From the Content Director: Are You Reading This?
I've been reading magazines since I was a girl, graduating through the years from Highlights to Seventeen to Glamour. Ok, maybe I also read Tiger Beat once in a while (Davy Jones!). But it was always my mother's Vogue that thrilled me most: the glossy pages of gorgeous long-legged models in fabulous locales wearing elaborate cloth concoctions. It was aspirational reading for me long before I knew what the word meant.
When I went off to college, my mother gifted me with my very own Vogue subscription, and to this day I remember my delight each month when a new issue appeared my mailbox, and how I would take it to my room, plop down on my bed, and go through it reverently, sequentially, page by glorious page.
Vogue inspired me, although not as you might expect—not to be one of those lucky beautiful models. While I certainly coveted their ability to wear such clothes, go such places, and have such incredibly long, thin legs, I knew by then that long-leggedness was never to be for me. I dreamed of other things. When I grew up, I told myself, I was going to be the editor of Vogue.
It is this early love, of Vogue in particular, but of reading magazines in general, that I believe first set me on the path toward a career in publishing and journalism. Alas, Ms. Wintour need not fear that I am in any danger of usurping her exalted position (particularly dressed as I am in Banana Republic and Ann Taylor, not Prada and Gucci). While I know now that her job is one childhood goal I shall never achieve, my love of magazines has never waned, and I am thrilled today to find myself as Content Director at Publishing Executive.
It's not Vogue, but it's not as far away as you might think. In some ways, it is a magazine about fashion and style. We do our best to cover all the topics you need to know about so that you can keep up with changing times, new technology, and a range of cutting-edge issues that help you do your job better, presenting both classics and trends with an eye toward good craftsmanship. We support you, so you can provide your readers with the content they want, and do it fashionably and with style.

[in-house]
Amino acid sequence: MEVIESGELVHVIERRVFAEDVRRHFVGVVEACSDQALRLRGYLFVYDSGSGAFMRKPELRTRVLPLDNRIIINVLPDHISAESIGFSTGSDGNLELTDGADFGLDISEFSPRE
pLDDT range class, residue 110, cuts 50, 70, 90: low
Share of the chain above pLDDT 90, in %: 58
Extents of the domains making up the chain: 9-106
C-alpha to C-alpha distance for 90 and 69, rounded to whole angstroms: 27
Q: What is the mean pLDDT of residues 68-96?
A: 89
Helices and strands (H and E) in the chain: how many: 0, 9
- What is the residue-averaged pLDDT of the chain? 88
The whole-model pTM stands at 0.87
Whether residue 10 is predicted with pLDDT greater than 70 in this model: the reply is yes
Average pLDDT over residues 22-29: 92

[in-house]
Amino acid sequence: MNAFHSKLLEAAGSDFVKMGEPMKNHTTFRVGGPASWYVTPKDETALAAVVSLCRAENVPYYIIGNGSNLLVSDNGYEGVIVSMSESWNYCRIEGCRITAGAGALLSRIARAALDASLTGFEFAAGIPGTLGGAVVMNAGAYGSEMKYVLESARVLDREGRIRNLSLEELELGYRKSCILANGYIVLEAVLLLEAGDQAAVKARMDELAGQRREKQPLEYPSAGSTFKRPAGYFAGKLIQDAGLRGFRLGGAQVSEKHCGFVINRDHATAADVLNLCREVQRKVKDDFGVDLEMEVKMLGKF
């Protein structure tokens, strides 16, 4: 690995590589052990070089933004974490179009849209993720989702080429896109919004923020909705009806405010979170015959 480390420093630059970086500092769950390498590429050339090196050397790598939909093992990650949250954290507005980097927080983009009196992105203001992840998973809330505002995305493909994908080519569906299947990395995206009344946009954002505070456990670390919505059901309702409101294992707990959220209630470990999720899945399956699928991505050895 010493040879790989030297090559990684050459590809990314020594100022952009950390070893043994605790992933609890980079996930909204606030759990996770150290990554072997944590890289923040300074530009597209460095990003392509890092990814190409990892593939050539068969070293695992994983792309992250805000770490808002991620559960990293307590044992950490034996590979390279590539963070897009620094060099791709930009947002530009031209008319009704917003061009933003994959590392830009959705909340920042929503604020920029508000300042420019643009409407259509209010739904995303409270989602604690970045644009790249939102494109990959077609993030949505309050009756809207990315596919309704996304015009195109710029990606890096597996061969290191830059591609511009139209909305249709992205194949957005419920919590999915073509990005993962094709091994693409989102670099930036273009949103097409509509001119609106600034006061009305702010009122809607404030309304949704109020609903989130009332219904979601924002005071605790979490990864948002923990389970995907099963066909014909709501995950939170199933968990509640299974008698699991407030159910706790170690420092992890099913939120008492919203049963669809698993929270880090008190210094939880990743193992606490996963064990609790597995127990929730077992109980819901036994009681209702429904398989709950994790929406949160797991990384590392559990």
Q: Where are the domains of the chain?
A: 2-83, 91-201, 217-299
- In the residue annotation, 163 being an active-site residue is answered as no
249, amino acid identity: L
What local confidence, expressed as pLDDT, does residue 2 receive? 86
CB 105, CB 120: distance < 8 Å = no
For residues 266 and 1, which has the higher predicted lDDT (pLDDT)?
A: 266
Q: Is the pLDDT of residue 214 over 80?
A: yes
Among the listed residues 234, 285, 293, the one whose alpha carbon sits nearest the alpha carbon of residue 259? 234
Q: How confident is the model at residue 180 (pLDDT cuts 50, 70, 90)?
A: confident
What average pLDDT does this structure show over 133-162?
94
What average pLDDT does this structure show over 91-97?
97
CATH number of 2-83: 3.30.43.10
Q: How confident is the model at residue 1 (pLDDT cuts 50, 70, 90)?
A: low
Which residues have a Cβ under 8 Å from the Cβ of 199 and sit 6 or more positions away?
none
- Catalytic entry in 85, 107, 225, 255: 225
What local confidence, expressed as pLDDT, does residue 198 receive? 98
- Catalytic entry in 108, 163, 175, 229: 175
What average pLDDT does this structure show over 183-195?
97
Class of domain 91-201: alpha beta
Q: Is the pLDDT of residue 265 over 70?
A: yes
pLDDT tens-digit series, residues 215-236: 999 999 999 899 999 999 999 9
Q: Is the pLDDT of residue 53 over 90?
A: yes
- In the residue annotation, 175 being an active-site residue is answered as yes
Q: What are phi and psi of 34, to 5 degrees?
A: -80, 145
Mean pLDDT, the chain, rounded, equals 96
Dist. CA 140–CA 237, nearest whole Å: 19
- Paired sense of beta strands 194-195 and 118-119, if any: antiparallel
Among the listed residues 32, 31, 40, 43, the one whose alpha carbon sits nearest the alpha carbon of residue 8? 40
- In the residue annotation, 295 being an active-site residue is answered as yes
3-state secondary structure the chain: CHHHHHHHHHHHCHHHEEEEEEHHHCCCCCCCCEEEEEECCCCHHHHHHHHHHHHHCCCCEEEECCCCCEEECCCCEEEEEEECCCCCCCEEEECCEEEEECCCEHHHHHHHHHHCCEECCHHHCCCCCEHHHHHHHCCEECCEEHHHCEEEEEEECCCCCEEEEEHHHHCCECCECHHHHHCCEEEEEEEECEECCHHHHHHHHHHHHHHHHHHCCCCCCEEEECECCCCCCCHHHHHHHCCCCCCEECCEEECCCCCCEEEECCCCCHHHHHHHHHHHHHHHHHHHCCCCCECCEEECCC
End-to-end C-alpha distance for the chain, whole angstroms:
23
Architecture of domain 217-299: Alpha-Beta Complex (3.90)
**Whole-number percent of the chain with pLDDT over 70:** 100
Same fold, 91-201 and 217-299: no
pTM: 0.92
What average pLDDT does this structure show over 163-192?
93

We all share the same goal: to do our very best to keep our readers engaged. Yet we are a bit beleaguered by data that tells us that readers like the girl I once was are becoming anachronistic, data that says readership is slipping. There are pockets of good news, such as a recent study that indicates readership of print is up among millennials. As Scott McDonald, senior vice president of market research at Condé Nast, told Adweek, "Magazines' overall readership numbers still get negatively impacted by decline of these enormous magazines like TV Guide and Reader's Digest, but if you look at it category by category, you get a very different picture."
Our resident expert Bob Sacks tells me we've lost our way, lost our confidence. "Our entire industry is suffering from 25 years of missed information and buying into our own hype," he says in characteristically blunt fashion. Sacks thinks the decline in readership numbers is not all a bad thing if it forces us to regroup. He explains what he sees as our new accountability in a digital age: "We're reaching a plateau and a level of honest stability, instead of smoke and mirrors."
So where does that leave us? Perhaps looking at quality vs. quantity. Perhaps with a return to the foundation and the essence of what we do: create useful, interesting, practical, entertaining, informative, and high-quality content.
Why do we read magazines? We read them because they expertly and thoroughly cover the news, the world, or a specific niche in which we have an interest. We read them because they're visual, and beautiful to look at: those exotic fashion spreads; those designer-perfect home interiors. We read them because they're sitting-sized—the perfect length for a train ride home, or an afternoon at the beach. We read because they're physical, with a substantive heft but light enough to toss in a shoulder bag and tote along, with a low enough price-point that we can use them as we wish, ripping a recipe here to file away or an article there to share with a friend.
According to statistics available from the Association of Magazine Media (MPA) there is in fact cause for optimism about the future of magazines. 93% of adults read magazines, 96% of those under 35, and 97% of those under 24. Magazines reach more adults and teens than television for major target audiences, and they reach a diverse readership. And in terms of engagement, they continue to score higher than television and the Internet.
This month I renewed my print subscriptions to Elle, The Atlantic, Philadelphia, Vanity Fair, Real Simple, and of course, Vogue. The September issue should be arriving soon. I'll be waiting by the mailbox!
Tell me what you think at: firstname.lastname@example.org